At first, the idea was only to make the boy stronger. But soon Riley saw that Jesse was a champion. By the time Jesse had completed high school, his name was known across the nation. Ohio State University wanted him to attend college there. While at Ohio State, he set new world records in several track and field events. And he was accepted as a member of the United States Olympic team.

(MUSIC)

VOICE ONE:

Owens always remembered the white man who helped change his life. Charles Riley did not seem to care what color a person's skin was. Owens learned to think the same way.

Later in life, Owens put all his energy into working with young people. He wanted to tell them some of the things he had

learned about life, work and success: That it is important to choose a goal and always work toward it. That there are good people in the world who will help you to reach your goal. That if you try again and again, you will succeed.

People who heard Owens's speeches said he spoke almost as well as he ran. Owens received awards for his work with boys and girls. The United States government sent him around the world as a kind of sports ambassador. The International Olympic Committee asked for his advice.

VOICE TWO:

In about nineteen seventy, Jesse Owens wrote a book in which he told about his life. It was called "Blackthink." In the book, Owens denounced young black militants who blamed society for their troubles. He said young black people had the same chance to succeed in the United States as white people. Many black civil rights activists reacted angrily to these statements. They said what Owens had written was not true for everyone.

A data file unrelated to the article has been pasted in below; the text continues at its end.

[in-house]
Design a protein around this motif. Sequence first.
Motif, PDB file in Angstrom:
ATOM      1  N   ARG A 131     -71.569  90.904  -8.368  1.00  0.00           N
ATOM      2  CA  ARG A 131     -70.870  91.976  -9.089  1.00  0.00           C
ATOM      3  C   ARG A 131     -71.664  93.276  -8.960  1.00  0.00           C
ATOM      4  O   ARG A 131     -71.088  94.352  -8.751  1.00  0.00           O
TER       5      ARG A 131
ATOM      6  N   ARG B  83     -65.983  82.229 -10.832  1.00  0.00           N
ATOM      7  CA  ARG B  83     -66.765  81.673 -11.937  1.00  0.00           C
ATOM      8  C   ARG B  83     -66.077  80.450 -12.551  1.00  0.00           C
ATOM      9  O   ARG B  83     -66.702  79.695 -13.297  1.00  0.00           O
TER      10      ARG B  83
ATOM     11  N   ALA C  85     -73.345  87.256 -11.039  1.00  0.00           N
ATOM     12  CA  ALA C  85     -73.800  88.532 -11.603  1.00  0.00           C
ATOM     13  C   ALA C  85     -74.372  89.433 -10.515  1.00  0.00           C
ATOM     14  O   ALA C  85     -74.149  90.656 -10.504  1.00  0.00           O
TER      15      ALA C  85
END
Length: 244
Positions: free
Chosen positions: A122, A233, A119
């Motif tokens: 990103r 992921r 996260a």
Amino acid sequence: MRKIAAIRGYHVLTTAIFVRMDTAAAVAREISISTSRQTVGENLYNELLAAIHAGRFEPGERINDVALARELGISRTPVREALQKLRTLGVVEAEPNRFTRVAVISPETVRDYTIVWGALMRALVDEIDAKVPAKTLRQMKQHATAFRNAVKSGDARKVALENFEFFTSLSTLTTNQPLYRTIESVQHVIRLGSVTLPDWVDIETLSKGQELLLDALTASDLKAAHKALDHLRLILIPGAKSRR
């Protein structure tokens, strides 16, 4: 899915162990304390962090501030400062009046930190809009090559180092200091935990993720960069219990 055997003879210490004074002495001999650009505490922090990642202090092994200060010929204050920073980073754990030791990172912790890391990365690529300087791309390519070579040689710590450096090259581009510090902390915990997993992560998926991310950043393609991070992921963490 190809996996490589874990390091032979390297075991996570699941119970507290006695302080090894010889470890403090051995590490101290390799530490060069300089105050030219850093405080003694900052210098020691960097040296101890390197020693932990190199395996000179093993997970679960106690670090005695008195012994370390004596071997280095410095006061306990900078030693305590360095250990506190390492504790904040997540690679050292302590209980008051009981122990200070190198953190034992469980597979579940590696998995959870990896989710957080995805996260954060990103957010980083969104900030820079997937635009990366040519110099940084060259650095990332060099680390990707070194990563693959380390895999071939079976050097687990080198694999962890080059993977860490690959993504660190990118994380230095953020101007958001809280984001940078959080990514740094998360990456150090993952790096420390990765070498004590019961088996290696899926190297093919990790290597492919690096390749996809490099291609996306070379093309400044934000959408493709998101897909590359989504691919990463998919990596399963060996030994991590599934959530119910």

Owens later admitted that he had been wrong. He saw that not all blacks were given the same chances and help that he had been given. In a second book, Owens tried to explain what he had meant in his first book. He called it "I Have Changed." Owens said that, in his earlier book, he did not write about life as it was for everyone, but about life as it was for him.

He said he truly wanted to believe that if you think you can succeed--- and you really try -- then you have a chance. If you do not think you have a chance, then you probably will fail. He said these beliefs had worked for him. And he wanted all young people to believe them, too.

VOICE ONE:

Jesse Owens showing his four Olympic gold medals

Jesse Owens showing his four Olympic gold medals

These were the same beliefs he tried to express when he spoke around the world about being an Olympic athlete. "The road to the Olympics," he said, "leads to no city, no country. It goes far beyond New York or Moscow, ancient Greece or Nazi Germany. The road to the Olympics leads -- in the end -- to the best within us."

In nineteen seventy-six, President Gerald Ford awarded Jesse Owens the Medal of Freedom. This is the highest honor an American civilian can receive. Jesse Owens died of cancer in nineteen eighty. His family members operate the Jesse Owens Foundation. It provides financial aid and support for young people to help them reach their goals in life.

(MUSIC)

VOICE TWO:

This program was written by Barbara Dash. It was produced by Lawan Davis. This is Steve Ember.

VOICE ONE:

And this is Gwen Outen. Listen again next week for People in America in VOA Special English.